IRELAND - The Services, Industrial, Professional and Technical Union (SIPTU) has requested intervention from the government and the Irish Congress of Trade Unions (ICTU) in a dispute with Aer Lingus over the impact outsourcing plans will have on its pension fund.

Talks between the union and the airline, facilitated by the Labour Relations Commission (LRC), broke down last week after both sides accused the other of not properly "engaging" in a process designed to find alternative ways to save money at the firm than by outsourcing an estimated 1,250 jobs.

Gerry McCormack, national industrial secretary at SIPTU, claimed Aer Lingus had refused to answer "some of the basic questions of most concern to our members", including how the "very large costs that will be incurred on the pension fund will be met if there are mass redundancies at the airline".

Figures from Aer Lingus' annual report for 2007 confirmed the organisation operates a number of "externally-funded" Irish pension schemes, including the Irish Airline (General Employees) Superannuation Scheme.

However, while it revealed the group's pension contributions for 2007 totalled €23.5m, up from €17m in 2006, it argued because the "company contribution rate is entirely independent of the Irish pension schemes' funding level, the value of the Irish pension schemes' assets and liabilities are not relevant in the context of reporting under IAS 19 of retirement benefits".

SIPTU claimed the management of Aer Lingus has refused to produce figures justifying its outsourcing strategy relating, in particular, to the value of redundancy packages and the "implications of such a massive shedding of jobs for the pension fund".

McCormack said: "Anyone can see that the cost of shoring up the pension fund to cope with over 1,250 employees leaving the company and switching from the asset to the liability side of the balance sheet will be enormous. Commentators estimate the cost could be anything between €250m and €540m."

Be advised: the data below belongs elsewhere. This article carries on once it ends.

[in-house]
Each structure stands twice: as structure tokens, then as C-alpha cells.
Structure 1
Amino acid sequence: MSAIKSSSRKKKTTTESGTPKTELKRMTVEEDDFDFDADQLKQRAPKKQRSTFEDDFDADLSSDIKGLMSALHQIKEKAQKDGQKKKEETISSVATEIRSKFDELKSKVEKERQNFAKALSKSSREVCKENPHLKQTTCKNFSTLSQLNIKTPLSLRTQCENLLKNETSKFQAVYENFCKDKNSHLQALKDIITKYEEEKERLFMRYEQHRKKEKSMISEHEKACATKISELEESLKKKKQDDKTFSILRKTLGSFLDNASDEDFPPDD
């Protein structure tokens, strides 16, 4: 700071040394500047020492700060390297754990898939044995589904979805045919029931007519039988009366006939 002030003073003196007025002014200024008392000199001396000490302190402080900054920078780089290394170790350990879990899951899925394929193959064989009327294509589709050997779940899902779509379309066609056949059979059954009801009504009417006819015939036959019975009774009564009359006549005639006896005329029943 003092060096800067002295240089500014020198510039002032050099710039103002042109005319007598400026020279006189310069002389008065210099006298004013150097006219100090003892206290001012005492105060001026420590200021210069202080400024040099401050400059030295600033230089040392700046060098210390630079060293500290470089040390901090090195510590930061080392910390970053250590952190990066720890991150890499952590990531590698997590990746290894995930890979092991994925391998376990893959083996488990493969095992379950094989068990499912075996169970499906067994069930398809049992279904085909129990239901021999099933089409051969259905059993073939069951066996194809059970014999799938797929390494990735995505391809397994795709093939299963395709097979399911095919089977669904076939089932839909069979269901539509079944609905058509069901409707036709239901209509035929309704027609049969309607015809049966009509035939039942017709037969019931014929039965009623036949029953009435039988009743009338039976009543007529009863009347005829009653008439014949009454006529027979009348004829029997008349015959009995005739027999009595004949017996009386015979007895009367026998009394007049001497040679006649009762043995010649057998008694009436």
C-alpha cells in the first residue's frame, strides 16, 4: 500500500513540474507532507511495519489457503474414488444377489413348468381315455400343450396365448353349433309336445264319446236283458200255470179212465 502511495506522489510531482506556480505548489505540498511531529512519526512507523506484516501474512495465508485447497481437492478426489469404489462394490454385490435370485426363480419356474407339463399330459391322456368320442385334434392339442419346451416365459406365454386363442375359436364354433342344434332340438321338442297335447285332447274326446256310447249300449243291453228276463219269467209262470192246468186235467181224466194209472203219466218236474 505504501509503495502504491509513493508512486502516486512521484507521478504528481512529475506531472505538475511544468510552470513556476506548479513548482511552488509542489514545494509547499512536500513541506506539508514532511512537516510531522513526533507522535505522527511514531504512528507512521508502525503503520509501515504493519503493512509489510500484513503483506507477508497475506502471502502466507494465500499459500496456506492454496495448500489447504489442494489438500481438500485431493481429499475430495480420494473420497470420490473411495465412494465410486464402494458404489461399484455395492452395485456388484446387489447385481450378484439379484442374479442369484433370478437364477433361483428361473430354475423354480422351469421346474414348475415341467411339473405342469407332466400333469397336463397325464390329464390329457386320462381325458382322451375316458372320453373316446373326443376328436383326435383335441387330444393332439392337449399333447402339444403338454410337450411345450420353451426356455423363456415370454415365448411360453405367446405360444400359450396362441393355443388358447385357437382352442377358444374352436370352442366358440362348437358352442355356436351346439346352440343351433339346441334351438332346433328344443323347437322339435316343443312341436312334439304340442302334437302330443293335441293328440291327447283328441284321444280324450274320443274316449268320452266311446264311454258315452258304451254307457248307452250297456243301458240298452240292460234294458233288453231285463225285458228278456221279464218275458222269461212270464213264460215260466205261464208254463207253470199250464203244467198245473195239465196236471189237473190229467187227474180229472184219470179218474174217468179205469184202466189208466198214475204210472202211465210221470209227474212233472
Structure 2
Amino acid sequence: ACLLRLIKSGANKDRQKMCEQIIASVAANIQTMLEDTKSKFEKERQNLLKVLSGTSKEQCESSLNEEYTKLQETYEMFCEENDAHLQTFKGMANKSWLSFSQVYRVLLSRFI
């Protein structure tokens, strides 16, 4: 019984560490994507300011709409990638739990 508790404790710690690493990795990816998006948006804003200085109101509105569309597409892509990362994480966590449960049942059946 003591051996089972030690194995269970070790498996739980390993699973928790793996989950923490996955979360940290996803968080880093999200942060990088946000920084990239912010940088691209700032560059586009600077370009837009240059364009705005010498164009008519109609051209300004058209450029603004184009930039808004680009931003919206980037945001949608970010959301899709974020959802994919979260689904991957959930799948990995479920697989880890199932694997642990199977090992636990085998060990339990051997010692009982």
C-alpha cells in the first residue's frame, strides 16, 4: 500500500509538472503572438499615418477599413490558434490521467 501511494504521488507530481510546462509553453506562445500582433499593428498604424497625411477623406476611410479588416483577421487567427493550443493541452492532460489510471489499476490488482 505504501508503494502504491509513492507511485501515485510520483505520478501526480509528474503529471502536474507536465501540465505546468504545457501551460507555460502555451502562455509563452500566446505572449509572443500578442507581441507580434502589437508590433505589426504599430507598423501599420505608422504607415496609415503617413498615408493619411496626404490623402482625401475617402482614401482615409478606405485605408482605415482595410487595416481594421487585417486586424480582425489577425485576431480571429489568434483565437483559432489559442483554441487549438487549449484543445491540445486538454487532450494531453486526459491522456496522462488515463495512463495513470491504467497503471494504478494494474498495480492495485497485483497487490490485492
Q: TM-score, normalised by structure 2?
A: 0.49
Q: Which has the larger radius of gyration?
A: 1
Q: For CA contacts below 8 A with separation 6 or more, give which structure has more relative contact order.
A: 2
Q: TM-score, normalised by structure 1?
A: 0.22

He warned even at the lower figure, "it would take five years for the company to recoup the expense from staff savings", not including the costs of any potential redundancy packages.

"Without putting figures on these two items it is impossible to assess the real, net, gains the airline would make from shedding over 1,250 jobs. This is not just a difficult time for airlines but it is also a difficult time for people to be thrown on the labour market and for pension funds," added McCormack.

Following the breakdown of the talks, SIPTU revealed it is now seeking assistance from ICTU and the Irish government to help find a solution to the outsourcing and to avoid industrial action.

McCormack said: "At talks with the company over the past three weeks management was not prepared to discuss anything except cutting staff costs and staff jobs. Despite repeated attempts by us to raise other issues they failed to discuss their business strategy with us or provide information that would allow for informed discussion on anything other than job cuts and the decimation of pay and conditions for those who survived the axe.

"We will now seek the assistance of ICTU and the Government to find a solution to this problem but it takes two sides to find a solution to this crisis and that means the company will have to abandon its current position and look seriously for more creative options," he added.

In the meantime, McCormack warned, the union would conclude its ballot for industrial action this week, although he confirmed any strike mandate would not be 'activated' unless Aer Lingus "carries out its threat to outsource work unilaterally from 1 December".

"If, as in the past, the company attempts to bypass SIPTU and write to members to accept any redundancy package we will be advising them to ignore such correspondence and await full information from our national shop stewards' committee," added McCormack.

Aer Lingus was unavailable for comment at the time of publication.

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